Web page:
LAWRENCE, Kan. — Officials with a water district downstream from Lawrence are concerned about the short notice they received regarding the city’s release of nitrogen-contaminated water into the Kansas River.

The Lawrence Journal-World reports that the Kansas Department of Health and Environment has authorized the city to release up to 30 million gallons of nitrogen-contaminated water over the next few months. It is part of a plan to clean up the former Farmland Industries fertilizer plant in eastern Lawrence.

The authorization was given a few weeks ago, but neither the department nor the city notified independent public water district WaterOne at that time, said Mandy Cawby, spokeswoman for the district.

“Since Monday morning, we have contacted KDHE and Lawrence,” Cawby said. “We initiated those contacts to try to understand and get more information about what it is they intend to do and to express our concerns about the lack of advance communication.”

WaterOne is a public water utility that serves 425,000 people, or about 15 percent of Kansas residents.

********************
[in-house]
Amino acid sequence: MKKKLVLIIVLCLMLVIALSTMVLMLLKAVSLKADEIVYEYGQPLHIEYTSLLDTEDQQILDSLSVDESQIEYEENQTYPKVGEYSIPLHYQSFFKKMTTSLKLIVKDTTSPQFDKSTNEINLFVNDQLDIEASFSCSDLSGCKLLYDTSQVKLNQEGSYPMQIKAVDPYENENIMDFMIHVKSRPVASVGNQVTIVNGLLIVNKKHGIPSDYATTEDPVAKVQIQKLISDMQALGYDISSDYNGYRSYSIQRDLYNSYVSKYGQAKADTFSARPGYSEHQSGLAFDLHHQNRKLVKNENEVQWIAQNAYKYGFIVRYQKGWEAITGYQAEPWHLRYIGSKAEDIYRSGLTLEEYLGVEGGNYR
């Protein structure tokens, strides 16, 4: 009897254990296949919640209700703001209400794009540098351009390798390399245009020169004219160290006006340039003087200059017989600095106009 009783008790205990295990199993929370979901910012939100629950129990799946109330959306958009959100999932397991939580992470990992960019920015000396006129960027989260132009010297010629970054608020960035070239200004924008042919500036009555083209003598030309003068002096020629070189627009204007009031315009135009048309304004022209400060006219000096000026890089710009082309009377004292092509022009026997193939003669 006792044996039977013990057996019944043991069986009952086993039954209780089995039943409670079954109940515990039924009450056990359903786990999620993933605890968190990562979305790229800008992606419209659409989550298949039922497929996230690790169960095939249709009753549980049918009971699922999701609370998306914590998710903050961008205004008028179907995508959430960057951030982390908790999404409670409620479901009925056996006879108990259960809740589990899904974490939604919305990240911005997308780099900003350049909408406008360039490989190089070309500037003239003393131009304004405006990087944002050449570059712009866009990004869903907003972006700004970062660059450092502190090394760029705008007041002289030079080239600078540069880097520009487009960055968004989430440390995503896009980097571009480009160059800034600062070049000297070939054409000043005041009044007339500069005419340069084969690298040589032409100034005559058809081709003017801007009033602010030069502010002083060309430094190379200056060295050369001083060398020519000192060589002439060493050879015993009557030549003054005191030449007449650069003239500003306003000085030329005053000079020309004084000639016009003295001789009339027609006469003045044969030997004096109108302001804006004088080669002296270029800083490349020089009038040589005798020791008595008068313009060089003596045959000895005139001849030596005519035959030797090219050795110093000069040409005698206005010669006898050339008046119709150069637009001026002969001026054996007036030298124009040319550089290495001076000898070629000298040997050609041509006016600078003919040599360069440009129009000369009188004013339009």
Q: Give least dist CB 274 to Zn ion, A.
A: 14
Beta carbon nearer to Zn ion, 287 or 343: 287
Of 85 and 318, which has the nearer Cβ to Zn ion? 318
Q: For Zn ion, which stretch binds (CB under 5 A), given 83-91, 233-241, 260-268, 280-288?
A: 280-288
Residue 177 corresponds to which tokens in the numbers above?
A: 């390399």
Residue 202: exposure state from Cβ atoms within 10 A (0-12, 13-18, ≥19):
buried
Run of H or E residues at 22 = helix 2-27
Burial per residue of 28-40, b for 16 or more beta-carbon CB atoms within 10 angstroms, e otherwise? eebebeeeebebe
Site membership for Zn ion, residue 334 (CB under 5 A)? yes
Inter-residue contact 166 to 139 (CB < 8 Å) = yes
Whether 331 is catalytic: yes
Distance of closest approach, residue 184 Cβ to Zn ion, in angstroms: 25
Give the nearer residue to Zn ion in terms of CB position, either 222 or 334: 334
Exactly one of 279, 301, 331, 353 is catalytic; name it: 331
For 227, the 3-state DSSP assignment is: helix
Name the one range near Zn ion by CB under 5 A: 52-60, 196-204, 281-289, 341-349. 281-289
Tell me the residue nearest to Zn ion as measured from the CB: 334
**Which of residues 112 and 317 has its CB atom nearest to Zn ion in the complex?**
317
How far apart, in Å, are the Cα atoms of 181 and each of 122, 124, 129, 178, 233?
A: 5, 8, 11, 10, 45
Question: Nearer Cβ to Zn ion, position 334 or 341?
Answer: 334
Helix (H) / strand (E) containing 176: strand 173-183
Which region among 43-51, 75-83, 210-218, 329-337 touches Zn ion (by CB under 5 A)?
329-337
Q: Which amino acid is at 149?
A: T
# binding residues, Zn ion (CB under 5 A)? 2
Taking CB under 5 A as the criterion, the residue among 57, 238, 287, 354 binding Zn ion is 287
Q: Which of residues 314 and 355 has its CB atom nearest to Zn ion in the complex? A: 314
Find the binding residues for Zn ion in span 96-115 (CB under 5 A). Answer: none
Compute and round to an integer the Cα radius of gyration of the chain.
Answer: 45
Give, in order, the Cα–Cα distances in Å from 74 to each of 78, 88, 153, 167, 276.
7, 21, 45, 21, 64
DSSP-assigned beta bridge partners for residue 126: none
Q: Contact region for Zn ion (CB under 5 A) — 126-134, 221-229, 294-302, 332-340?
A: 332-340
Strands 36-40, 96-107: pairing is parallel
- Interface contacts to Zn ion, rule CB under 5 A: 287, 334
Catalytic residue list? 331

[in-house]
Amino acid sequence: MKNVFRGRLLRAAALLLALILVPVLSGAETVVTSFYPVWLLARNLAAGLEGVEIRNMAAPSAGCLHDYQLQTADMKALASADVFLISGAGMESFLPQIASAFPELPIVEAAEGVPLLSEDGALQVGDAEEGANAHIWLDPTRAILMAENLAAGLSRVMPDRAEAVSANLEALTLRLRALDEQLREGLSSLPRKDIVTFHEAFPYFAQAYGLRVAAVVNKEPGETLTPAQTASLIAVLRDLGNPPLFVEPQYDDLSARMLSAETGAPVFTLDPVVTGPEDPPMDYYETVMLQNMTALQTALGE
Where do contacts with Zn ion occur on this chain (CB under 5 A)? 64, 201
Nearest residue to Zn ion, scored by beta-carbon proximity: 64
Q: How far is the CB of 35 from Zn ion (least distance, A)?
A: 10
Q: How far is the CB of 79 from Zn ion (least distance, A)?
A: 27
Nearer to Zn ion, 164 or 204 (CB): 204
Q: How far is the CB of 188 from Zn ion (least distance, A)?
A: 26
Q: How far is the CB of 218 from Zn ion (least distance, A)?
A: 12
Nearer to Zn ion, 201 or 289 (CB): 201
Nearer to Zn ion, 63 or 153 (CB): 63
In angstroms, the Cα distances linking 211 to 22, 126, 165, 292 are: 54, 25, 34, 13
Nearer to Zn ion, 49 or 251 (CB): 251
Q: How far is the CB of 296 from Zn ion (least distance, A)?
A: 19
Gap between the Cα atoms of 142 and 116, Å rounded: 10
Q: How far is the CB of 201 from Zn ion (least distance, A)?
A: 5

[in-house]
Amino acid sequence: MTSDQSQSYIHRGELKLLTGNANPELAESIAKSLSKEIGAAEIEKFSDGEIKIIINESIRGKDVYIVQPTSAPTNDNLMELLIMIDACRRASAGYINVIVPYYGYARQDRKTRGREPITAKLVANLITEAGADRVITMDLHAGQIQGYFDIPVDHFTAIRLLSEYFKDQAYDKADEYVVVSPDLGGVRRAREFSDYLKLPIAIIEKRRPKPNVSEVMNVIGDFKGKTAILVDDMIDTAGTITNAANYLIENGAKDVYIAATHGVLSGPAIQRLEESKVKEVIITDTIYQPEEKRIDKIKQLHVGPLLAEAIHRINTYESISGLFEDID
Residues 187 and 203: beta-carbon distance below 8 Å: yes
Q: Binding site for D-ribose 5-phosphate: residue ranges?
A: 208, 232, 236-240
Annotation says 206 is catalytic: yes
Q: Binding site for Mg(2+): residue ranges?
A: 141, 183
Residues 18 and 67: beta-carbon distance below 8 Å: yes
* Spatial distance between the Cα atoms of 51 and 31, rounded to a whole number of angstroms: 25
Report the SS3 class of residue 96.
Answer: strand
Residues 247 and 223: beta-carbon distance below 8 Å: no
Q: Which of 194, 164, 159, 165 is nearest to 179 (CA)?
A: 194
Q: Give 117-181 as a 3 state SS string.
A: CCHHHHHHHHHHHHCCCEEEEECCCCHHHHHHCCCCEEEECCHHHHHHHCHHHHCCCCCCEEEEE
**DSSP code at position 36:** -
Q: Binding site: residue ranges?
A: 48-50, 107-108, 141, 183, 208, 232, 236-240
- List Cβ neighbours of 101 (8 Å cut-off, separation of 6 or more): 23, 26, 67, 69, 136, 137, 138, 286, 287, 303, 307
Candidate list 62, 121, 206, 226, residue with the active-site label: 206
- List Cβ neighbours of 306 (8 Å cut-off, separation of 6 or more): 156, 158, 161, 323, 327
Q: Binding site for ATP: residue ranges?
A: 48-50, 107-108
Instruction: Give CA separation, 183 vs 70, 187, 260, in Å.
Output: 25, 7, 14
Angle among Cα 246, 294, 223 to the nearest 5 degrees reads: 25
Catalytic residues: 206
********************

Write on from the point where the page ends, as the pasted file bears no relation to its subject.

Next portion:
The department didn’t notify the district because the impact on water quality made it a “nonissue,” said Tom Stiles, assistant director of KDHE’s Bureau of Water.

“When we ran through it, we didn’t think this was a cause for concern,” Stiles said. “There’d be no impact on the river, so it hadn’t risen to a level of us saying we better alert everybody that this is happening.”

Cawby said she asked the city last week to consider delaying the discharge a week to give WaterOne time to look over the information about the release. She said she’s concerned no modeling was done and that WaterOne wants to ensure monitoring occurs often enough to account for temporary spikes.

“They did not seem receptive,” Cawby said. “And because they began discharging within 18 hours of that conversation, I think that’s an accurate assessment of how they responded to our request.”

Information from: Lawrence (Kan.) Journal-World,